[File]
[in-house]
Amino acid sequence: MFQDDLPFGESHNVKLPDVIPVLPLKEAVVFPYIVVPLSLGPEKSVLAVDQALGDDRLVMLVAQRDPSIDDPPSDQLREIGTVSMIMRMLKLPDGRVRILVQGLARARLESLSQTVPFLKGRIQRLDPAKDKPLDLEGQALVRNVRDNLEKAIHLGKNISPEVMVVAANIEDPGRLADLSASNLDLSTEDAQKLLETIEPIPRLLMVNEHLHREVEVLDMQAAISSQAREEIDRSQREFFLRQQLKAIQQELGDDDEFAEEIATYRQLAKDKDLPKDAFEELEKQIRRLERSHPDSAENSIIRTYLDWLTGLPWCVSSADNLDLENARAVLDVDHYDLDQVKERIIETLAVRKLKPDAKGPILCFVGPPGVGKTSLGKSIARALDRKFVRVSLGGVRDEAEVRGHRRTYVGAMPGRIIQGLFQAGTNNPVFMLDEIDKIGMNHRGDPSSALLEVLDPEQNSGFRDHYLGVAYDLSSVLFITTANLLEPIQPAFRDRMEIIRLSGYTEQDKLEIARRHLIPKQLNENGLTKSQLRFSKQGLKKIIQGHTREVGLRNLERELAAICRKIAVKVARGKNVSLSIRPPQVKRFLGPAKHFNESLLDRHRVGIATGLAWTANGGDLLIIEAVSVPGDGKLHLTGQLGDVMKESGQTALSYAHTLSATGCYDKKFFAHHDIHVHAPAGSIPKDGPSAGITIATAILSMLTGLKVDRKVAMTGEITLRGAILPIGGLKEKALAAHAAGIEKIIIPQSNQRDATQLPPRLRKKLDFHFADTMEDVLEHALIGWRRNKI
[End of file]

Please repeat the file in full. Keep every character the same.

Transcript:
[in-house]
Amino acid sequence: MFQDDLPFGESHNVKLPDVIPVLPLKEAVVFPYIVVPLSLGPEKSVLAVDQALGDDRLVMLVAQRDPSIDDPPSDQLREIGTVSMIMRMLKLPDGRVRILVQGLARARLESLSQTVPFLKGRIQRLDPAKDKPLDLEGQALVRNVRDNLEKAIHLGKNISPEVMVVAANIEDPGRLADLSASNLDLSTEDAQKLLETIEPIPRLLMVNEHLHREVEVLDMQAAISSQAREEIDRSQREFFLRQQLKAIQQELGDDDEFAEEIATYRQLAKDKDLPKDAFEELEKQIRRLERSHPDSAENSIIRTYLDWLTGLPWCVSSADNLDLENARAVLDVDHYDLDQVKERIIETLAVRKLKPDAKGPILCFVGPPGVGKTSLGKSIARALDRKFVRVSLGGVRDEAEVRGHRRTYVGAMPGRIIQGLFQAGTNNPVFMLDEIDKIGMNHRGDPSSALLEVLDPEQNSGFRDHYLGVAYDLSSVLFITTANLLEPIQPAFRDRMEIIRLSGYTEQDKLEIARRHLIPKQLNENGLTKSQLRFSKQGLKKIIQGHTREVGLRNLERELAAICRKIAVKVARGKNVSLSIRPPQVKRFLGPAKHFNESLLDRHRVGIATGLAWTANGGDLLIIEAVSVPGDGKLHLTGQLGDVMKESGQTALSYAHTLSATGCYDKKFFAHHDIHVHAPAGSIPKDGPSAGITIATAILSMLTGLKVDRKVAMTGEITLRGAILPIGGLKEKALAAHAAGIEKIIIPQSNQRDATQLPPRLRKKLDFHFADTMEDVLEHALIGWRRNKI